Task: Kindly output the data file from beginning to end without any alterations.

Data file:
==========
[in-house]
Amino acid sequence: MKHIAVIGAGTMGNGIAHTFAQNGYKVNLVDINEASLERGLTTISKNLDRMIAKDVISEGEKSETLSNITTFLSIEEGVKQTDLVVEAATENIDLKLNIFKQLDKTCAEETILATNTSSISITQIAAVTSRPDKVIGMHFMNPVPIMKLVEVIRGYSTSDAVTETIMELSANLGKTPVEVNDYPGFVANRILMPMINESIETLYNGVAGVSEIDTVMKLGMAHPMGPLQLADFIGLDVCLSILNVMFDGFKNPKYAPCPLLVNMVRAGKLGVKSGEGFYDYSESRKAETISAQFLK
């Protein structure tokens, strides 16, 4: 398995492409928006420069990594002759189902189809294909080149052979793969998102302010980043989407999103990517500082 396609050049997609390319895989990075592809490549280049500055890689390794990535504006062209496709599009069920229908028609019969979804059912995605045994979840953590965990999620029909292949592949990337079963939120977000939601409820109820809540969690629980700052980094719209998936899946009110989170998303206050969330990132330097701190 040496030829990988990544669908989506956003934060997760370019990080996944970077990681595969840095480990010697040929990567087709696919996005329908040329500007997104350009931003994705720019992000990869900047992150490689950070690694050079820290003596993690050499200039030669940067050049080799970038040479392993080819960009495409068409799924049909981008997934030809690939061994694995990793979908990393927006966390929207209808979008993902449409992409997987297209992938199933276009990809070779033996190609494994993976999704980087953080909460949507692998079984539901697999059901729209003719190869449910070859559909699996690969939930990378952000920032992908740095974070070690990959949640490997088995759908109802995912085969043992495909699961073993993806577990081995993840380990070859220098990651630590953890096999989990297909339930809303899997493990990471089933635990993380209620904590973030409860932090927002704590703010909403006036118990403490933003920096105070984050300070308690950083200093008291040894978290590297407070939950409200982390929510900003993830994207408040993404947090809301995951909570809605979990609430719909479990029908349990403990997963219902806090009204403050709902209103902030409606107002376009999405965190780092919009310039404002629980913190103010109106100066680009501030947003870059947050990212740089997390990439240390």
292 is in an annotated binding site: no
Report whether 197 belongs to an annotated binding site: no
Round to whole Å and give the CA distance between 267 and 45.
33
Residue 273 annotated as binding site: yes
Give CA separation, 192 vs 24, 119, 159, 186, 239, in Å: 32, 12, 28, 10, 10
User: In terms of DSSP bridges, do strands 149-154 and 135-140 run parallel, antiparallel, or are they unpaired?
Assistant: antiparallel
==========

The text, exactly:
[in-house]
Amino acid sequence: MKHIAVIGAGTMGNGIAHTFAQNGYKVNLVDINEASLERGLTTISKNLDRMIAKDVISEGEKSETLSNITTFLSIEEGVKQTDLVVEAATENIDLKLNIFKQLDKTCAEETILATNTSSISITQIAAVTSRPDKVIGMHFMNPVPIMKLVEVIRGYSTSDAVTETIMELSANLGKTPVEVNDYPGFVANRILMPMINESIETLYNGVAGVSEIDTVMKLGMAHPMGPLQLADFIGLDVCLSILNVMFDGFKNPKYAPCPLLVNMVRAGKLGVKSGEGFYDYSESRKAETISAQFLK
């Protein structure tokens, strides 16, 4: 398995492409928006420069990594002759189902189809294909080149052979793969998102302010980043989407999103990517500082 396609050049997609390319895989990075592809490549280049500055890689390794990535504006062209496709599009069920229908028609019969979804059912995605045994979840953590965990999620029909292949592949990337079963939120977000939601409820109820809540969690629980700052980094719209998936899946009110989170998303206050969330990132330097701190 040496030829990988990544669908989506956003934060997760370019990080996944970077990681595969840095480990010697040929990567087709696919996005329908040329500007997104350009931003994705720019992000990869900047992150490689950070690694050079820290003596993690050499200039030669940067050049080799970038040479392993080819960009495409068409799924049909981008997934030809690939061994694995990793979908990393927006966390929207209808979008993902449409992409997987297209992938199933276009990809070779033996190609494994993976999704980087953080909460949507692998079984539901697999059901729209003719190869449910070859559909699996690969939930990378952000920032992908740095974070070690990959949640490997088995759908109802995912085969043992495909699961073993993806577990081995993840380990070859220098990651630590953890096999989990297909339930809303899997493990990471089933635990993380209620904590973030409860932090927002704590703010909403006036118990403490933003920096105070984050300070308690950083200093008291040894978290590297407070939950409200982390929510900003993830994207408040993404947090809301995951909570809605979990609430719909479990029908349990403990997963219902806090009204403050709902209103902030409606107002376009999405965190780092919009310039404002629980913190103010109106100066680009501030947003870059947050990212740089997390990439240390």
292 is in an annotated binding site: no
Report whether 197 belongs to an annotated binding site: no
Round to whole Å and give the CA distance between 267 and 45.
33
Residue 273 annotated as binding site: yes
Give CA separation, 192 vs 24, 119, 159, 186, 239, in Å: 32, 12, 28, 10, 10
User: In terms of DSSP bridges, do strands 149-154 and 135-140 run parallel, antiparallel, or are they unpaired?
Assistant: antiparallel